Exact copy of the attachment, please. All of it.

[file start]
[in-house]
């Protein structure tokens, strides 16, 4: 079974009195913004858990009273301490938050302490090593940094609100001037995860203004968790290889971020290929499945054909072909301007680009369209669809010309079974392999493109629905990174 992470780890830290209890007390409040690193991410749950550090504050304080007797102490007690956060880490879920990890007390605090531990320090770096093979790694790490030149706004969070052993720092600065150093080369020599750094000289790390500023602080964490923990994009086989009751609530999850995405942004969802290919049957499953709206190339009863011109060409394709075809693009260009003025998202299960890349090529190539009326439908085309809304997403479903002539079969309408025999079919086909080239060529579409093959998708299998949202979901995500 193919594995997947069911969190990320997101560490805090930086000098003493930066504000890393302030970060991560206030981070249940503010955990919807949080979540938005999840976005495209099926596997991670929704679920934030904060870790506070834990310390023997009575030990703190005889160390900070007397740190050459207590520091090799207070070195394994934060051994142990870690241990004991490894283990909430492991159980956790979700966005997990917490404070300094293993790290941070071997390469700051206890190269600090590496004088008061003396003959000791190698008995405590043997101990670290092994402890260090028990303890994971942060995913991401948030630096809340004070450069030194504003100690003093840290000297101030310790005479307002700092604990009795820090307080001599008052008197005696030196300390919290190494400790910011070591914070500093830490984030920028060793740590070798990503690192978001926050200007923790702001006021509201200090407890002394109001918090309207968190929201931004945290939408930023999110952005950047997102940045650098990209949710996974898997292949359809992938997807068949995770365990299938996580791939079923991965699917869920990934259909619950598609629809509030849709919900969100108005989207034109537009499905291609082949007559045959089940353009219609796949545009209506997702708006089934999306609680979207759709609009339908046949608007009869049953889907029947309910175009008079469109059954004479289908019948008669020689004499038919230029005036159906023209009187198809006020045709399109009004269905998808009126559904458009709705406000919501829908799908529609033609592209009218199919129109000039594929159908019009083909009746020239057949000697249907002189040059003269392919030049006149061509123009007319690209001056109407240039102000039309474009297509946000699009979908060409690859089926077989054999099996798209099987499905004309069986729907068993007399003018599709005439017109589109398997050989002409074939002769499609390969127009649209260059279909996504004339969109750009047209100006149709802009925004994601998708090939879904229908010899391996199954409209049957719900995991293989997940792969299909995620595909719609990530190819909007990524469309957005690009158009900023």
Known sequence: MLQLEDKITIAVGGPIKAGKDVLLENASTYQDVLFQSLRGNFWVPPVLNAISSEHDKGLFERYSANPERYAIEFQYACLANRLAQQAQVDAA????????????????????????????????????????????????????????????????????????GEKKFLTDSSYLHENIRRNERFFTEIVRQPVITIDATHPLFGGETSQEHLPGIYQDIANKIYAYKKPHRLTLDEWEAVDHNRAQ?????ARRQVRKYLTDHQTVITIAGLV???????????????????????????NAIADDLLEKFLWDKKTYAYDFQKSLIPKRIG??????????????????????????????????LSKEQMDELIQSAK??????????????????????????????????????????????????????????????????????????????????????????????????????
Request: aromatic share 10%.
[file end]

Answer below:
[in-house]
């Protein structure tokens, strides 16, 4: 079974009195913004858990009273301490938050302490090593940094609100001037995860203004968790290889971020290929499945054909072909301007680009369209669809010309079974392999493109629905990174 992470780890830290209890007390409040690193991410749950550090504050304080007797102490007690956060880490879920990890007390605090531990320090770096093979790694790490030149706004969070052993720092600065150093080369020599750094000289790390500023602080964490923990994009086989009751609530999850995405942004969802290919049957499953709206190339009863011109060409394709075809693009260009003025998202299960890349090529190539009326439908085309809304997403479903002539079969309408025999079919086909080239060529579409093959998708299998949202979901995500 193919594995997947069911969190990320997101560490805090930086000098003493930066504000890393302030970060991560206030981070249940503010955990919807949080979540938005999840976005495209099926596997991670929704679920934030904060870790506070834990310390023997009575030990703190005889160390900070007397740190050459207590520091090799207070070195394994934060051994142990870690241990004991490894283990909430492991159980956790979700966005997990917490404070300094293993790290941070071997390469700051206890190269600090590496004088008061003396003959000791190698008995405590043997101990670290092994402890260090028990303890994971942060995913991401948030630096809340004070450069030194504003100690003093840290000297101030310790005479307002700092604990009795820090307080001599008052008197005696030196300390919290190494400790910011070591914070500093830490984030920028060793740590070798990503690192978001926050200007923790702001006021509201200090407890002394109001918090309207968190929201931004945290939408930023999110952005950047997102940045650098990209949710996974898997292949359809992938997807068949995770365990299938996580791939079923991965699917869920990934259909619950598609629809509030849709919900969100108005989207034109537009499905291609082949007559045959089940353009219609796949545009209506997702708006089934999306609680979207759709609009339908046949608007009869049953889907029947309910175009008079469109059954004479289908019948008669020689004499038919230029005036159906023209009187198809006020045709399109009004269905998808009126559904458009709705406000919501829908799908529609033609592209009218199919129109000039594929159908019009083909009746020239057949000697249907002189040059003269392919030049006149061509123009007319690209001056109407240039102000039309474009297509946000699009979908060409690859089926077989054999099996798209099987499905004309069986729907068993007399003018599709005439017109589109398997050989002409074939002769499609390969127009649209260059279909996504004339969109750009047209100006149709802009925004994601998708090939879904229908010899391996199954409209049957719900995991293989997940792969299909995620595909719609990530190819909007990524469309957005690009158009900023």
Known sequence: MLQLEDKITIAVGGPIKAGKDVLLENASTYQDVLFQSLRGNFWVPPVLNAISSEHDKGLFERYSANPERYAIEFQYACLANRLAQQAQVDAA????????????????????????????????????????????????????????????????????????GEKKFLTDSSYLHENIRRNERFFTEIVRQPVITIDATHPLFGGETSQEHLPGIYQDIANKIYAYKKPHRLTLDEWEAVDHNRAQ?????ARRQVRKYLTDHQTVITIAGLV???????????????????????????NAIADDLLEKFLWDKKTYAYDFQKSLIPKRIG??????????????????????????????????LSKEQMDELIQSAK??????????????????????????????????????????????????????????????????????????????????????????????????????
Request: aromatic share 10%.